A Macbeth that would have pleased Verdi

Performance from the MET 2019 season
Conductor – Fabio Luisi  Production – Adrian Noble
Macbeth – Željko Lučić Banquo – René Pape Lady Macbeth – Anna Netrebko                         Macduff – Joseph Calleja

Verdi would have been happy with the results achieved by Adrian Noble and Fabio Luisi in this unfussy and straightforward production of Macbeth, just as he would have likewise been satisfied with the pairing of Anna Netrebko and Željko Lučić as the couple whose vaulting ambition (in Shakespeare’s words) leads to rack and ruin after they commit a string of murders to ascend the throne of Scotland only to rapidly descend into ignominy, suicide (hers) and his death at the hands of his avenging enemies.

Neither Željko Lučić nor Anna Netrebko offer much in the way of sheer vocal beauty. No need for that in this transitional work that preceded the lyrical beauties of Rigoletto and La traviata. Instead they offer exciting, high decibel singing coupled to honest acting. But then, if we are to believe Verdi’s writings about his 1847 Macbeth, the Maestro was not expecting vocal beauty from Marianna Barbieri-Nini, his Lady Macbeth, whom he described in his diary as “una donna con una voce brutta,” (a woman with an ugly voice) expecting instead of bel canto a full commitment to text and dramatic intention.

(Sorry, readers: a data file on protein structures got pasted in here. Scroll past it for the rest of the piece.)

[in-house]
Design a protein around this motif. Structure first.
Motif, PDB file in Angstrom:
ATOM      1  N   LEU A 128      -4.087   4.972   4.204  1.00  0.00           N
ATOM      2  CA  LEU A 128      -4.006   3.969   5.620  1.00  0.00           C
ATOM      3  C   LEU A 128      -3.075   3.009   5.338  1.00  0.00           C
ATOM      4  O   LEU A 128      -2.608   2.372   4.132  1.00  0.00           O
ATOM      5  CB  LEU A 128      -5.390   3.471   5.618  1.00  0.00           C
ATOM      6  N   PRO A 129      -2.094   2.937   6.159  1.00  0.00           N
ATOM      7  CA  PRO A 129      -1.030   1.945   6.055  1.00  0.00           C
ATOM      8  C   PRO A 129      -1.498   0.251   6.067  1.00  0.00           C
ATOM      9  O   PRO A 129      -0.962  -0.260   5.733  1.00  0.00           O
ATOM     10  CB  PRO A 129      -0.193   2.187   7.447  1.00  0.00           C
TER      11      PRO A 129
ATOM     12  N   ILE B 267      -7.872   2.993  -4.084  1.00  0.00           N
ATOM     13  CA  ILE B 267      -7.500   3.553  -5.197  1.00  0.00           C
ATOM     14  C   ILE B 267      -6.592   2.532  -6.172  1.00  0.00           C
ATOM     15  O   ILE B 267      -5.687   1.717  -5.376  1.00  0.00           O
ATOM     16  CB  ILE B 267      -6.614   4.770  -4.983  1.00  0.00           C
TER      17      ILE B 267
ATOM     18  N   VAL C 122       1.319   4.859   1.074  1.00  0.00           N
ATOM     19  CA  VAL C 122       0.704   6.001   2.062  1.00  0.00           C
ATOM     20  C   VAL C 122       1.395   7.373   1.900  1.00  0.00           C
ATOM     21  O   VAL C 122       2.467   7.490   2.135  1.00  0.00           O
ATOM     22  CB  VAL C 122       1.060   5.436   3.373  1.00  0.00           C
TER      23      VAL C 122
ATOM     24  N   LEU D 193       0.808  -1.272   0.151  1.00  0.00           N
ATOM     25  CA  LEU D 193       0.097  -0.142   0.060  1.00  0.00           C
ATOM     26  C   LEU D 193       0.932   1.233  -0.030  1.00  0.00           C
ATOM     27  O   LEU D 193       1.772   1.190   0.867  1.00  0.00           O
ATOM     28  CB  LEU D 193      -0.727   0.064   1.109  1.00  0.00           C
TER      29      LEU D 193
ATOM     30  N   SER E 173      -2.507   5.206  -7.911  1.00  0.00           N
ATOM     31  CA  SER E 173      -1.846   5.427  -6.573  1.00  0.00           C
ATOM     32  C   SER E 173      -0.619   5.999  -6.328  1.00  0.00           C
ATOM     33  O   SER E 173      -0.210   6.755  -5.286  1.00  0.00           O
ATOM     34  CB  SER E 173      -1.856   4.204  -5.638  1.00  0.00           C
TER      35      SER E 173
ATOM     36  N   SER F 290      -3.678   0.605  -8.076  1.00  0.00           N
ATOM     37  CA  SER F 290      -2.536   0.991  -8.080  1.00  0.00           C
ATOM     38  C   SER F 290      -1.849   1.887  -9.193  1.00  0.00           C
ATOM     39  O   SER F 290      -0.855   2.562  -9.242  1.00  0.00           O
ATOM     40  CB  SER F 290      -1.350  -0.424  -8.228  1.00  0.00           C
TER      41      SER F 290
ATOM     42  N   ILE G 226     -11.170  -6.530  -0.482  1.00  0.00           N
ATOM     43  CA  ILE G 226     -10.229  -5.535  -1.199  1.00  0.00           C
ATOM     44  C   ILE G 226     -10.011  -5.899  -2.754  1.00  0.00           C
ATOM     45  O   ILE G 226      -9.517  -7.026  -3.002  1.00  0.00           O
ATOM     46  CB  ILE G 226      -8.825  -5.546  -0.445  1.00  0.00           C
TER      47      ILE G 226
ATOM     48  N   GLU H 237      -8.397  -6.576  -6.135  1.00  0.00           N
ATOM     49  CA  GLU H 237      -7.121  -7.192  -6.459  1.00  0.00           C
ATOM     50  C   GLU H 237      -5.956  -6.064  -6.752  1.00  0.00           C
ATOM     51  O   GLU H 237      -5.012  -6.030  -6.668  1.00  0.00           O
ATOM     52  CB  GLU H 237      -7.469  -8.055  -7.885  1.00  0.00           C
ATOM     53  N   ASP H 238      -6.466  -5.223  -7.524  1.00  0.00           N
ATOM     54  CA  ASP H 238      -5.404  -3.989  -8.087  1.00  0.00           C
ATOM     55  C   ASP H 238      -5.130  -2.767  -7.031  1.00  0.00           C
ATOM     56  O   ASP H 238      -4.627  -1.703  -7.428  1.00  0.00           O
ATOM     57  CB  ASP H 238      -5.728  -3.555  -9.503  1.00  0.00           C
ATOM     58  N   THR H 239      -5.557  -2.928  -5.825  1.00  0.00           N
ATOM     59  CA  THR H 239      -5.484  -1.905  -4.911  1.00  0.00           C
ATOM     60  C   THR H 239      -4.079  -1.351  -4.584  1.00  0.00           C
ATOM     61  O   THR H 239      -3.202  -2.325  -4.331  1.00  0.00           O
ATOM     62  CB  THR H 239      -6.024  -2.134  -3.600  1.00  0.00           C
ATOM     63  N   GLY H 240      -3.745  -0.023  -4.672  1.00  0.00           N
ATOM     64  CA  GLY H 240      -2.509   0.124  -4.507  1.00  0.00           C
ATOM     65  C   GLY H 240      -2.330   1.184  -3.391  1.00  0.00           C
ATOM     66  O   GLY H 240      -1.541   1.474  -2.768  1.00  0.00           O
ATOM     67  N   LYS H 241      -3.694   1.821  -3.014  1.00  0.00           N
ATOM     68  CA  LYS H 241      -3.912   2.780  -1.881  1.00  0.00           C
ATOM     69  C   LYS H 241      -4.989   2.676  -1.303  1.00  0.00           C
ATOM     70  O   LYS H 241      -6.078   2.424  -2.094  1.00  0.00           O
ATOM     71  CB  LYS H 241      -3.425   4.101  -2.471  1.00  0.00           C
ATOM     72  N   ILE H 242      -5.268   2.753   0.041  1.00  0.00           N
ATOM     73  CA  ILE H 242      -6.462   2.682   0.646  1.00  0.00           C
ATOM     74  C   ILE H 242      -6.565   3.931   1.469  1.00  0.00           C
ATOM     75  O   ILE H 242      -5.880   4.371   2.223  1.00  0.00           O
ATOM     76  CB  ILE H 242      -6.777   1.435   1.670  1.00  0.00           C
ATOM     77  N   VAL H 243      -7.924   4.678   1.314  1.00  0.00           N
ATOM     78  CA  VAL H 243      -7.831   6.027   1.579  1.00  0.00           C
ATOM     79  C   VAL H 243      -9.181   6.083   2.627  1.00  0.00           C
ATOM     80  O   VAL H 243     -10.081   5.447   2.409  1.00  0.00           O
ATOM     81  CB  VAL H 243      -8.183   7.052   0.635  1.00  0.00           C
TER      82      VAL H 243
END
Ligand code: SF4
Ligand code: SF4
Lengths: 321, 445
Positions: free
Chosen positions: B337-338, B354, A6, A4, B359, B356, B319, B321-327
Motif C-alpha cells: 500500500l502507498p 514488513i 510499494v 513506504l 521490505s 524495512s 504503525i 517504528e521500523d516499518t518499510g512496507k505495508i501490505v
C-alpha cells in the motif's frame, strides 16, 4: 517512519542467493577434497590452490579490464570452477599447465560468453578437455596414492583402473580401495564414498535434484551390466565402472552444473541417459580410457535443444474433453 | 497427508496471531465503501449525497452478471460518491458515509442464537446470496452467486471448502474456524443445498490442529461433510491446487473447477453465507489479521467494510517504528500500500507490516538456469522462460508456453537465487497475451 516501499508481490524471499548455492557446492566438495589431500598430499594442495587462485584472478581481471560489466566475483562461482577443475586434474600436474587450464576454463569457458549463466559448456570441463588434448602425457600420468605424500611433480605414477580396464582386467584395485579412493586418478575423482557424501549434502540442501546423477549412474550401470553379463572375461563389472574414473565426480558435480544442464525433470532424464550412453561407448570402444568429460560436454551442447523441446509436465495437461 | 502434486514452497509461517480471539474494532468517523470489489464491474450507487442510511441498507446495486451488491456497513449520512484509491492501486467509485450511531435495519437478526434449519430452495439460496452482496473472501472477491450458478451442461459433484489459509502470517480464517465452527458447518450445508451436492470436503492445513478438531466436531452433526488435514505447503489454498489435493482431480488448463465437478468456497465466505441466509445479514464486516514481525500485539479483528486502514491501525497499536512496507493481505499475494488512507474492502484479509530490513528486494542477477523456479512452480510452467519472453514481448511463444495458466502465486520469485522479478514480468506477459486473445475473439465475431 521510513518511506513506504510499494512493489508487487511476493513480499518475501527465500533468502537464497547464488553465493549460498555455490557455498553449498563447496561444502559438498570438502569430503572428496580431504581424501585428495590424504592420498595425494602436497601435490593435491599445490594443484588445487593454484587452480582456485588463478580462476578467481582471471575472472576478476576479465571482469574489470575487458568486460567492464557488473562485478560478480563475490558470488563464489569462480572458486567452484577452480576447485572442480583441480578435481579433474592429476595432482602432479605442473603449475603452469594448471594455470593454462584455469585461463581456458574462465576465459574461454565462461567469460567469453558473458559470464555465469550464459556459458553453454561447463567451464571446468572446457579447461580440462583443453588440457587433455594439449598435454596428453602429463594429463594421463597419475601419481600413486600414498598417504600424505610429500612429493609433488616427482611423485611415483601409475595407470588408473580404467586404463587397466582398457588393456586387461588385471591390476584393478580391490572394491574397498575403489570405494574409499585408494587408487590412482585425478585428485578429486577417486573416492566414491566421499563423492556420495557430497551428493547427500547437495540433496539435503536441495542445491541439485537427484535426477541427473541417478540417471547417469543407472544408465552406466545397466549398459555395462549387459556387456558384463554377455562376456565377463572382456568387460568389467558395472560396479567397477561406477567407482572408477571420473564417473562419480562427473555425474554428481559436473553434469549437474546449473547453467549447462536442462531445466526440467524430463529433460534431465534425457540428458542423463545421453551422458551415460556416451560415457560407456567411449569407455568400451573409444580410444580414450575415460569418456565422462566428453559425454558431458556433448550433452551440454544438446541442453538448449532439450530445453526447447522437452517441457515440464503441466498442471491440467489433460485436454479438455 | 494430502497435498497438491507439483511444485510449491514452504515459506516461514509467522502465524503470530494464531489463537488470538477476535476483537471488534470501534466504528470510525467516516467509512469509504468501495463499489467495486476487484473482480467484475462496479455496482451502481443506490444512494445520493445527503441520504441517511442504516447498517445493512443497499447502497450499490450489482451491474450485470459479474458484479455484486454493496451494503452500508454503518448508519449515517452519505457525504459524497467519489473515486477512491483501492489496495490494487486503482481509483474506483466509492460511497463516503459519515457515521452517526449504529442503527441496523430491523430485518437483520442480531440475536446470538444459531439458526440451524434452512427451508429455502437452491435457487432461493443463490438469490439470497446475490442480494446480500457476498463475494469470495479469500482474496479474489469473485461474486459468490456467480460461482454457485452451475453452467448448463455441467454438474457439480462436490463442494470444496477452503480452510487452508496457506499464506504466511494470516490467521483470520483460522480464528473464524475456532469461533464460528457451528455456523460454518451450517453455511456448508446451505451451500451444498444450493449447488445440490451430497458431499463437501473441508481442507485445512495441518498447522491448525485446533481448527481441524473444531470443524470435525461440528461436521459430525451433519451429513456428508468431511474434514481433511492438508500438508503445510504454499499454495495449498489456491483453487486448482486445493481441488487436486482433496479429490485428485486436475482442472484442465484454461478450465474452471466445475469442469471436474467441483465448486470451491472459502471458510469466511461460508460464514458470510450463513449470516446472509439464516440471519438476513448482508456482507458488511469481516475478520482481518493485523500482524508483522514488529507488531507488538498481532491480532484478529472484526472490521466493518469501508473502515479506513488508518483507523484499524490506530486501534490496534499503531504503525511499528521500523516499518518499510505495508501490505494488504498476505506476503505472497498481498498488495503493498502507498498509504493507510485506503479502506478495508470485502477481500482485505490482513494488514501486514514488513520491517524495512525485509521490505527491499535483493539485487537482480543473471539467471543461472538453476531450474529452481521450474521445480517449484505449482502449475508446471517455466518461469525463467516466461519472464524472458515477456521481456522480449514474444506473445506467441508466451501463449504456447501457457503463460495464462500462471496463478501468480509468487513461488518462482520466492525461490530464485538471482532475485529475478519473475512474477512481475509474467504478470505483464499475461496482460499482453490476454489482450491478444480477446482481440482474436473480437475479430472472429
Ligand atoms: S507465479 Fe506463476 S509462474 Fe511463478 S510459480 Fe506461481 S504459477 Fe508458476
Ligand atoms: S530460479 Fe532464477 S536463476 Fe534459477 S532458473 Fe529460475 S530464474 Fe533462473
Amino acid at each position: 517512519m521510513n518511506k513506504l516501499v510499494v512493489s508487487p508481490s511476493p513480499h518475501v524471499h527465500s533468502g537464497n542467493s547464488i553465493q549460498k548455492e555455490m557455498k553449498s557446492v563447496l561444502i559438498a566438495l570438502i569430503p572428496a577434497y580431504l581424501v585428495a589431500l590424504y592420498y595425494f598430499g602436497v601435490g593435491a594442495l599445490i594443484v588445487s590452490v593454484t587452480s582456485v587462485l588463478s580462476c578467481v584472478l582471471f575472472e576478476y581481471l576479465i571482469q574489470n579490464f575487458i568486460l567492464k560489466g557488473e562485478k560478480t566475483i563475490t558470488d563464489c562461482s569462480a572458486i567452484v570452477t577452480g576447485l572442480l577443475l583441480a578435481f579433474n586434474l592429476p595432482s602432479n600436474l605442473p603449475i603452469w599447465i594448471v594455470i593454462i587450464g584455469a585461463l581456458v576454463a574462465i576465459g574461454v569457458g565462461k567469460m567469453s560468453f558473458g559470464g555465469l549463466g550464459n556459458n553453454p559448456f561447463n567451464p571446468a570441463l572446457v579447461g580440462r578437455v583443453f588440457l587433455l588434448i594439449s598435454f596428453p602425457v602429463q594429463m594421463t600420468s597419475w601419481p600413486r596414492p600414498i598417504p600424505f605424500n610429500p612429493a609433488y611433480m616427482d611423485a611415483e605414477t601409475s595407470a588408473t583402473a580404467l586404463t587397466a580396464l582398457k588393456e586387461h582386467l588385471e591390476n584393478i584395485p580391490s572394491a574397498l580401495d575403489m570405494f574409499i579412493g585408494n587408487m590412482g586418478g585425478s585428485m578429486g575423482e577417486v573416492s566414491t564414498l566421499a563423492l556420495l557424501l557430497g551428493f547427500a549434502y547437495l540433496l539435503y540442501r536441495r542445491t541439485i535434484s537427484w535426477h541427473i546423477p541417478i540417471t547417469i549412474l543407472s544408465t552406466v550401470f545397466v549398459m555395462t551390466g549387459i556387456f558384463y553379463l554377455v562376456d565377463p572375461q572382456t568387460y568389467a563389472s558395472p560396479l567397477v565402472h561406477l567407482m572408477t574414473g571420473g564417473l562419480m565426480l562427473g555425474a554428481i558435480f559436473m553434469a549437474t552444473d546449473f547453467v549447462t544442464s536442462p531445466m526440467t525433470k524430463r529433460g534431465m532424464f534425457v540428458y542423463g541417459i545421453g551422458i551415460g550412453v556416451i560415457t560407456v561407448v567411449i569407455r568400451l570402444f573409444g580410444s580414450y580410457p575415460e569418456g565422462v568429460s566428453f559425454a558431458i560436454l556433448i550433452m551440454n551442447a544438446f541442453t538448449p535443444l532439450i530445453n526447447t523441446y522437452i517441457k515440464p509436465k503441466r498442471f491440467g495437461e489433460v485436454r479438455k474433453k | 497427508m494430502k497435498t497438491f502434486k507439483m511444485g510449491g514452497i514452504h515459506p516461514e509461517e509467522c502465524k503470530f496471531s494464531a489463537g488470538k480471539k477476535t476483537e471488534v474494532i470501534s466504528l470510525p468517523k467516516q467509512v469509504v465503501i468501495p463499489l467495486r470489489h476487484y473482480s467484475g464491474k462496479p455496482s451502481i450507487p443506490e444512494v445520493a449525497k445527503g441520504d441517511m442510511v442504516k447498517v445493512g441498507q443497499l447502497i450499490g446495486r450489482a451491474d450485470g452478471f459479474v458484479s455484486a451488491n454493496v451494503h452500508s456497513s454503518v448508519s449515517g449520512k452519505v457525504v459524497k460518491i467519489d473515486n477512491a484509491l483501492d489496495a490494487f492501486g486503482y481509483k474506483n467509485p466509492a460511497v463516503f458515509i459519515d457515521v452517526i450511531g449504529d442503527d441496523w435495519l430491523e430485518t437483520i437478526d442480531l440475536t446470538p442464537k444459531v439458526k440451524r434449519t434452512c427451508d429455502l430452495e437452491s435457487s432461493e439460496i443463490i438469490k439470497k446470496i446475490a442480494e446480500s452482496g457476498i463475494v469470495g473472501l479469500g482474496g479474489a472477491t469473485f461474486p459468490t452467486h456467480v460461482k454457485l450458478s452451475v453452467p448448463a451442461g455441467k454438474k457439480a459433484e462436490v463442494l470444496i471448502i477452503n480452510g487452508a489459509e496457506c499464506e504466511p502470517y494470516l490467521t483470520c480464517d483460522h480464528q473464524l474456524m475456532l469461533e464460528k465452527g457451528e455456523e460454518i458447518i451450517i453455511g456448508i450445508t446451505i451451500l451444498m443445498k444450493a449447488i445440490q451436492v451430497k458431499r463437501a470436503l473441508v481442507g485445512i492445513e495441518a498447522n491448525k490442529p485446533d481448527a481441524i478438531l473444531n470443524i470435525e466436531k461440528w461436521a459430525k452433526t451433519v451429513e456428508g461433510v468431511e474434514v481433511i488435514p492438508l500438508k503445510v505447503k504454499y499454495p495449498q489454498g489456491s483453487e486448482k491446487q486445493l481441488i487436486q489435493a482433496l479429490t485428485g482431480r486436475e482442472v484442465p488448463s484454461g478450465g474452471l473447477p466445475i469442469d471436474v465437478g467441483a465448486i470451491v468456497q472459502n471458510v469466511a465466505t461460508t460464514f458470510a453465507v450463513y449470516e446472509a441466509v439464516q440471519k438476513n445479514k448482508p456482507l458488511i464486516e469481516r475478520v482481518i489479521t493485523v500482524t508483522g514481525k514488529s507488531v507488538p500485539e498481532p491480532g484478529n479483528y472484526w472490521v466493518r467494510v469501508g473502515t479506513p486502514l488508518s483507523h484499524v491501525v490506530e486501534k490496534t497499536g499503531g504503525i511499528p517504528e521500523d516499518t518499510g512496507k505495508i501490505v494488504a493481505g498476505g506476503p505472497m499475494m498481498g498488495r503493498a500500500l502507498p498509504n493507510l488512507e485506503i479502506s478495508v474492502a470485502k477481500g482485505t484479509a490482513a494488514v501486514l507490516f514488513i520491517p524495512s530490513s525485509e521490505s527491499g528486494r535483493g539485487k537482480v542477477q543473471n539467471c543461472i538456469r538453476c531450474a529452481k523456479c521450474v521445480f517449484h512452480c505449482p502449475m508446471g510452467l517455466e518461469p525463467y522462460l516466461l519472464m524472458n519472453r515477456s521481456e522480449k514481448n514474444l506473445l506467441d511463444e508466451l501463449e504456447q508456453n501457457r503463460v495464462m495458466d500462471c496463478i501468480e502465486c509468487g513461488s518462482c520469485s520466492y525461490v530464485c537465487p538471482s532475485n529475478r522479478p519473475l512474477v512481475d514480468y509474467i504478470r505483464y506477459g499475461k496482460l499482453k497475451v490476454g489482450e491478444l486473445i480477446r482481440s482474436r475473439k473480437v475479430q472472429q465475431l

In that respect no one could ask more of Anna Netrebko, whose blazing performance is admirable notwithstanding patches of stridency and occasional off-pitch singing. Lučić is a convincing Macbeth: strong of voice and physical built, a good actor and a fine singer in a role deemed among the hardest in the Verdi baritone canon. The part lies high, and it calls for extended declamatory singing in the upper range of the baritone voice. There have been many other baritones who have gone on to essay the role of Macbeth at the MET but I cannot think of another singer active in the opera business today better suited to this role.

René Pape is a first-rate Banquo, dignified and vocally splendid in his aria Come dal ciel precipita. Joseph Calleja delivers a good performance capped by a stirring Dalla paterna mano. Special kudos to the always hard-working, good singing MET chorus, whose sopranos and mezzos are terrific as a coven of witches dressed like church ladies I would certainly not like to have as next door neighbors.

Rafael de Acha